Not only does the rain get into one's eyes and ears and freeze fast to one's equipment, it turns fresh and fluffy powder snow into a substance one skier compares to liquid concrete. "Actually," says a local historian, "Snoqualmie is an old Indian word meaning land of lumpy mashed potatoes," and a Seattle ski authority ventures that local skiers are probably the world's most adaptable. "If they learn to ski here," he says, "they can ski anywhere." Says the famed high priest of French skiing, Coach Emile Allais: "I can spot a Seattle skier in Europe from 100 yards off by the way he bends his knees when he takes the moguls."
Allais is too polite to say so, but identification might also be established by a Seattle skier's costume. Stretch pants are popular, but foul-weather gear is more so, and a Seattle skier would no more leave his raincoat at home than his boots and poles. "Now notice," said an acclimatized woman at Snoqualmie Summit the other day while water streamed off her nose and the brim of her cod fisherman's sou'wester. "My jacket has electrostatically welded seams or something and is practically indestructible. Just the same, I spray it with waterproofing stuff every now and then just to be on the safe side. And notice my short haircut. Maybe it looks like a boy's, but it dries out in half the time."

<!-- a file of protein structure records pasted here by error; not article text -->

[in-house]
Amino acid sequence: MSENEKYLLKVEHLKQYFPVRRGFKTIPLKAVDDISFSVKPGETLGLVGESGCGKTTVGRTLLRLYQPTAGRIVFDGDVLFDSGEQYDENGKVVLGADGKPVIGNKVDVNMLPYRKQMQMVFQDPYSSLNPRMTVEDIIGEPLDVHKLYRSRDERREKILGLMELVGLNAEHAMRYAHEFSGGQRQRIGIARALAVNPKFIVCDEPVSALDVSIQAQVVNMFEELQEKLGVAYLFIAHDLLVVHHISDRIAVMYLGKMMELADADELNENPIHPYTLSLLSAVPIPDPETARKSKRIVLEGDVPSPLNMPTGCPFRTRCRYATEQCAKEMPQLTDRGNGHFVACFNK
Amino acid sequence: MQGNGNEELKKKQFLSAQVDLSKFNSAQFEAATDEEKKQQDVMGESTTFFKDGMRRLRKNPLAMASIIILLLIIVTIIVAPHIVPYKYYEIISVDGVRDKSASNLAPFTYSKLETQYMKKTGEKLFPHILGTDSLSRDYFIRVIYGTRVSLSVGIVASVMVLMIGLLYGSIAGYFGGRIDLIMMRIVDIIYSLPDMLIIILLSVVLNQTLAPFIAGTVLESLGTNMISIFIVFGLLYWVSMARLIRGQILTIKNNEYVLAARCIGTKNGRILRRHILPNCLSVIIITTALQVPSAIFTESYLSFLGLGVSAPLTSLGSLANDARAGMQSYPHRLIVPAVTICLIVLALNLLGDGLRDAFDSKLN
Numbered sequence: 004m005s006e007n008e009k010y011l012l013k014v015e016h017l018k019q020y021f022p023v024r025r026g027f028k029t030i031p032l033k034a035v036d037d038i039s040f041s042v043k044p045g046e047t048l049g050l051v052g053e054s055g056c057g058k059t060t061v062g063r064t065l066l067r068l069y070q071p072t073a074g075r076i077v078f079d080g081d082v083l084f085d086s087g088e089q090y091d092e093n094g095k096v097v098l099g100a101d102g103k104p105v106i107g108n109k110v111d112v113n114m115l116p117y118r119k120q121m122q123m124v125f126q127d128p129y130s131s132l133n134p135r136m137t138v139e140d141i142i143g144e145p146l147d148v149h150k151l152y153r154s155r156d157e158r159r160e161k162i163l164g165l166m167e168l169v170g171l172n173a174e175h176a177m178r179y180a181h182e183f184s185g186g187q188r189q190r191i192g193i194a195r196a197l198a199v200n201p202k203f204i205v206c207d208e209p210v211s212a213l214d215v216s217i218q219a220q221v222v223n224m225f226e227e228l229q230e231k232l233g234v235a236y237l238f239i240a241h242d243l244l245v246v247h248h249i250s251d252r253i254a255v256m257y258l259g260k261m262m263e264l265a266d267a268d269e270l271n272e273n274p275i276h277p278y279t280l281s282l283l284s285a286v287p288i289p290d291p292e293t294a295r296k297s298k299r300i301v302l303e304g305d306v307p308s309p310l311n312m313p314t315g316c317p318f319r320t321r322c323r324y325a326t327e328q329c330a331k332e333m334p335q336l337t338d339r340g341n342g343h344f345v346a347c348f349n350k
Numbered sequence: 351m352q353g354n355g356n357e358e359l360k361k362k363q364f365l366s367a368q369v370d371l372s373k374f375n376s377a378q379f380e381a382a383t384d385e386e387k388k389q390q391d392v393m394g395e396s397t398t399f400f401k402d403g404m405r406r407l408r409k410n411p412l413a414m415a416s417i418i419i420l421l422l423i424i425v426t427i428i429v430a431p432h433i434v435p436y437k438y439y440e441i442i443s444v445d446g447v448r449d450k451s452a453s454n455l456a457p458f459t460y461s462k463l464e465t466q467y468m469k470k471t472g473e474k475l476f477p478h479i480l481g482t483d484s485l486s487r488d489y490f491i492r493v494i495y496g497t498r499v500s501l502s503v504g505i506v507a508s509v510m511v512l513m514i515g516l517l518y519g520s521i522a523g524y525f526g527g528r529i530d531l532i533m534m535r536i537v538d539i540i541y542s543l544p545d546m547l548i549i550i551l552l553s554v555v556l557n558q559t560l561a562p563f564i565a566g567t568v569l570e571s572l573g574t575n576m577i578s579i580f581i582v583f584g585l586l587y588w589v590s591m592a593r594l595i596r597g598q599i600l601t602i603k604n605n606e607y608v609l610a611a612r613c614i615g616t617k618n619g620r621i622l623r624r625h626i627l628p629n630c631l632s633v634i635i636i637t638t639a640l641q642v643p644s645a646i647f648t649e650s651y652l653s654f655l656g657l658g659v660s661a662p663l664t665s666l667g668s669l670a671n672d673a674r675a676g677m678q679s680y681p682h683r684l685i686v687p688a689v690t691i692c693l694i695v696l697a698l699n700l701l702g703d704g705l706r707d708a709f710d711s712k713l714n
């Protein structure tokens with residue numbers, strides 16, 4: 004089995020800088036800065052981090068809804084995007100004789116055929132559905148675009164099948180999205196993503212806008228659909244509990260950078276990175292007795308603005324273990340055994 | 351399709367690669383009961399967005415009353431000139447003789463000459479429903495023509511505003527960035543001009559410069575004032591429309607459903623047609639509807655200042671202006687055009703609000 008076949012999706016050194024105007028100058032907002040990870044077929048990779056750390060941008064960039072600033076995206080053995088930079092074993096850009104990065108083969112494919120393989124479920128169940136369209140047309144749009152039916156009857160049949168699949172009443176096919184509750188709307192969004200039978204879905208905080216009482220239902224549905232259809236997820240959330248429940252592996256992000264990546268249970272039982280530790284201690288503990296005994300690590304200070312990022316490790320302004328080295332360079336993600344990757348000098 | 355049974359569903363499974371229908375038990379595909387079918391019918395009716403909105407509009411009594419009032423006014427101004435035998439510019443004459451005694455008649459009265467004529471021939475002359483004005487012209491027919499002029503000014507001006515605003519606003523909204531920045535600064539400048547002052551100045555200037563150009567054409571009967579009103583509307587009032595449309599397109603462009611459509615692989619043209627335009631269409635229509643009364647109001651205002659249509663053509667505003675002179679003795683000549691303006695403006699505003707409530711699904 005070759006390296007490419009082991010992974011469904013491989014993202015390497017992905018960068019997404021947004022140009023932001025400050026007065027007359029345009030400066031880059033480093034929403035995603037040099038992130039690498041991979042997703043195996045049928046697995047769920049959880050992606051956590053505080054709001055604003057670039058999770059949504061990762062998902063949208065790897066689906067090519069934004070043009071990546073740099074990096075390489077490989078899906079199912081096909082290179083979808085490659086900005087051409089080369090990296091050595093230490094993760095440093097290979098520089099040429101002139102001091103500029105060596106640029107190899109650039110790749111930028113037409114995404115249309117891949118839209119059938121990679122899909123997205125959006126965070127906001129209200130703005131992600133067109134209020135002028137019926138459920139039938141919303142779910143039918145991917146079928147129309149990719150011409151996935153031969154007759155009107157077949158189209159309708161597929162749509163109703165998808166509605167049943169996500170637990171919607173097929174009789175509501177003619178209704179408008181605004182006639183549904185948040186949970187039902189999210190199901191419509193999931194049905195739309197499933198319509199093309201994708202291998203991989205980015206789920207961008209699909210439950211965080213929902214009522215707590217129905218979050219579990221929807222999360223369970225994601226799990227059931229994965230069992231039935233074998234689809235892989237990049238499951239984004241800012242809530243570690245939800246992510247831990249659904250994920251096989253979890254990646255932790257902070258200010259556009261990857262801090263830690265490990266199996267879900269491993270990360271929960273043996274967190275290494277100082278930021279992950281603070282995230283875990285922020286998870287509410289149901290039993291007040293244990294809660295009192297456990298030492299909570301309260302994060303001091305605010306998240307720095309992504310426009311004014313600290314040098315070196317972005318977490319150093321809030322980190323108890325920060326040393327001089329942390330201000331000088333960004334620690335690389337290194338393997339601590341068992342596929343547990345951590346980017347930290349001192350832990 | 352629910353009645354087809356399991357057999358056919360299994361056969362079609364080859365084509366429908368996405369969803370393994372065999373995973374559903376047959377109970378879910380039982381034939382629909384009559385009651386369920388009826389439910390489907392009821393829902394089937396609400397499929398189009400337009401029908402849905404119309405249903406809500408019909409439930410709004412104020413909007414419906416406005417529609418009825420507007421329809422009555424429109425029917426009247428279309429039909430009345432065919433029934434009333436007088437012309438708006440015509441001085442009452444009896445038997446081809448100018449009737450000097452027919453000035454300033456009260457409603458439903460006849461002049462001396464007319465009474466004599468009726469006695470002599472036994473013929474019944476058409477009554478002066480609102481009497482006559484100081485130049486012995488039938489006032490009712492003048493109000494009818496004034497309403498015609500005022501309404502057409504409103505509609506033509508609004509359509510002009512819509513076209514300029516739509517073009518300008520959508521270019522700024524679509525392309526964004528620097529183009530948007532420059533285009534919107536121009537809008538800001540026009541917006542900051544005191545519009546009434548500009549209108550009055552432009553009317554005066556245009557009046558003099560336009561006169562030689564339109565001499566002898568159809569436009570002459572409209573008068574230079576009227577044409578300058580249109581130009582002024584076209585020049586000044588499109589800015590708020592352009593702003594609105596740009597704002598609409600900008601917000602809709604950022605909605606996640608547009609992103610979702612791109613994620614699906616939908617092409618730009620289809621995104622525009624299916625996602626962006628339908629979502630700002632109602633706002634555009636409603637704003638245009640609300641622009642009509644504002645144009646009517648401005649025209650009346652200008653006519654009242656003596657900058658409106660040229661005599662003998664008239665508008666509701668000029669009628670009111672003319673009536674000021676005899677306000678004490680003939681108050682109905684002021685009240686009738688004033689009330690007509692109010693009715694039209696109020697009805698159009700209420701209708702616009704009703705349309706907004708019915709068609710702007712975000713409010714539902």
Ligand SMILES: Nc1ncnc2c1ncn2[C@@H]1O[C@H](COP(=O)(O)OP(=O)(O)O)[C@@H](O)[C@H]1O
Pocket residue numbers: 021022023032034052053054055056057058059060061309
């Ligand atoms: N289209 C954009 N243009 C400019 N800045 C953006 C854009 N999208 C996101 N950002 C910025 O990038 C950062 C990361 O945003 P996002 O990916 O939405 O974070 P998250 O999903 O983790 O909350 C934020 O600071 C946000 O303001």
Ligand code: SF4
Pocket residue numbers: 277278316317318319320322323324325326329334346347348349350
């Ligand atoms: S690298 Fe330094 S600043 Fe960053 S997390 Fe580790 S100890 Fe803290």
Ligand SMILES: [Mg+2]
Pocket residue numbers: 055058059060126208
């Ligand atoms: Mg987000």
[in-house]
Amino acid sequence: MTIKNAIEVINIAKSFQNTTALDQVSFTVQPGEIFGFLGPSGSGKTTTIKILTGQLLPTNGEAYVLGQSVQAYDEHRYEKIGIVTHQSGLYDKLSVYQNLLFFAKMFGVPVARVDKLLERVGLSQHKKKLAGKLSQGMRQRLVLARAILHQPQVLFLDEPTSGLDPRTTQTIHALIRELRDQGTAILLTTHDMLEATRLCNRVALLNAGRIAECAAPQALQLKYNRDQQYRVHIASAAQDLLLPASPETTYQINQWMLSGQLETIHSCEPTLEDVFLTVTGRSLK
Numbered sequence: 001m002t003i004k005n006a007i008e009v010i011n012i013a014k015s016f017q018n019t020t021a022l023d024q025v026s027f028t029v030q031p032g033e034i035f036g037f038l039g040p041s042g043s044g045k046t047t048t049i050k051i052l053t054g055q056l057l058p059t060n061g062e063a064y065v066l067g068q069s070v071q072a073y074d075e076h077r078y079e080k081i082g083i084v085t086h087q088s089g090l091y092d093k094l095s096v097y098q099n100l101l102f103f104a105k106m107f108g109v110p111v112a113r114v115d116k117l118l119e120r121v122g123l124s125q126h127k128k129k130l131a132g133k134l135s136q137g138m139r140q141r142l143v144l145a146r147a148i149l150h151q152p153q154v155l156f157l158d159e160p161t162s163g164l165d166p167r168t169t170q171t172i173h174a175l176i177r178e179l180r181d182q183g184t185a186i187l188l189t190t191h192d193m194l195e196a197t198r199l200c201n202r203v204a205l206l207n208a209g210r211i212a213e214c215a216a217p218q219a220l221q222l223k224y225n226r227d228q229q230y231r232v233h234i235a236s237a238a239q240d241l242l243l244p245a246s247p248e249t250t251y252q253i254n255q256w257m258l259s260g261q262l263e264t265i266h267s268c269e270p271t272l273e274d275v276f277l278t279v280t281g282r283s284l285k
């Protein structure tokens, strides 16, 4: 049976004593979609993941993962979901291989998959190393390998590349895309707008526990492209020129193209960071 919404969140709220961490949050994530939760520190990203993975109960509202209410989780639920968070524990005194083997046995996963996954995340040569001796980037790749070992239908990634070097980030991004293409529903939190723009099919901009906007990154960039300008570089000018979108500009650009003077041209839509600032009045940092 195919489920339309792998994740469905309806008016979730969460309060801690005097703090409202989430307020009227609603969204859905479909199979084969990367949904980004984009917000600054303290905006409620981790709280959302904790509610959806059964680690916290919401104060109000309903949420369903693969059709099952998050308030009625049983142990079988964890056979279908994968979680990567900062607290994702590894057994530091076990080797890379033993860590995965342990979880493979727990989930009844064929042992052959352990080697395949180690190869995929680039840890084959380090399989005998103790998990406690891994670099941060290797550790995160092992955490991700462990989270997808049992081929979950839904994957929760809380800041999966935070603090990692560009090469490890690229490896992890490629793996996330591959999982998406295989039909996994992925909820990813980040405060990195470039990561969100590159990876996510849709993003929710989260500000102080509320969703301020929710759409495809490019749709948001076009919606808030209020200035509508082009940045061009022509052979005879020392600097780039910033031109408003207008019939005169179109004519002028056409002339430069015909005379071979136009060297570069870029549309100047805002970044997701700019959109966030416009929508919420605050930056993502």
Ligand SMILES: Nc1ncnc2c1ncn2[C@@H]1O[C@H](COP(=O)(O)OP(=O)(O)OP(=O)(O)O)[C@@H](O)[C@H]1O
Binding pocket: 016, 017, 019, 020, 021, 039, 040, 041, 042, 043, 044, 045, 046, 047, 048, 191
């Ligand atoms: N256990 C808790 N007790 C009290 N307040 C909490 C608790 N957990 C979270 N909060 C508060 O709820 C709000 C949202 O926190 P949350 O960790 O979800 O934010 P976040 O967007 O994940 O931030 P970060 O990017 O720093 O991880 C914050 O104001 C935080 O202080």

As might be supposed, Seattle ski areas go to some lengths to play down their own precipitation, and it is possible to find neighboring competitors claiming to lie in the "rain shadow" of one another, a way of saying it nearly always rains up at the other place but rarely, if ever, at ours. Because all of the areas have one shortcoming or another, relative advantages do indeed figure prominently in the conversations of rival operators. "Our chair lift, you know, is two feet higher than the one up the road," brags a man operating in Snoqualmie Pass, while a man connected with Stevens Pass stresses that much of his snow rests on a base of room-size boulders. He claims his rocks constitute "a marvelous drainage system that makes our snow a lot drier than some other places I could name." But all the praise is not self-serving. A professional man in town adds another dimension. "With the constant gloom that hangs over Seattle in the winter," he says, "our people get short-tempered and begin to snap at each other in sheer frustration. I discovered skiing was a good way to get out from under it all. Maybe it's gloomy and maybe it's raining in the mountains, too, but with all that white snow surrounding you, it kind of peps up your spirits. I go to Snoqualmie Summit on Thursdays, which is mostly ladies' day really, and come back to work on Friday feeling like a new man."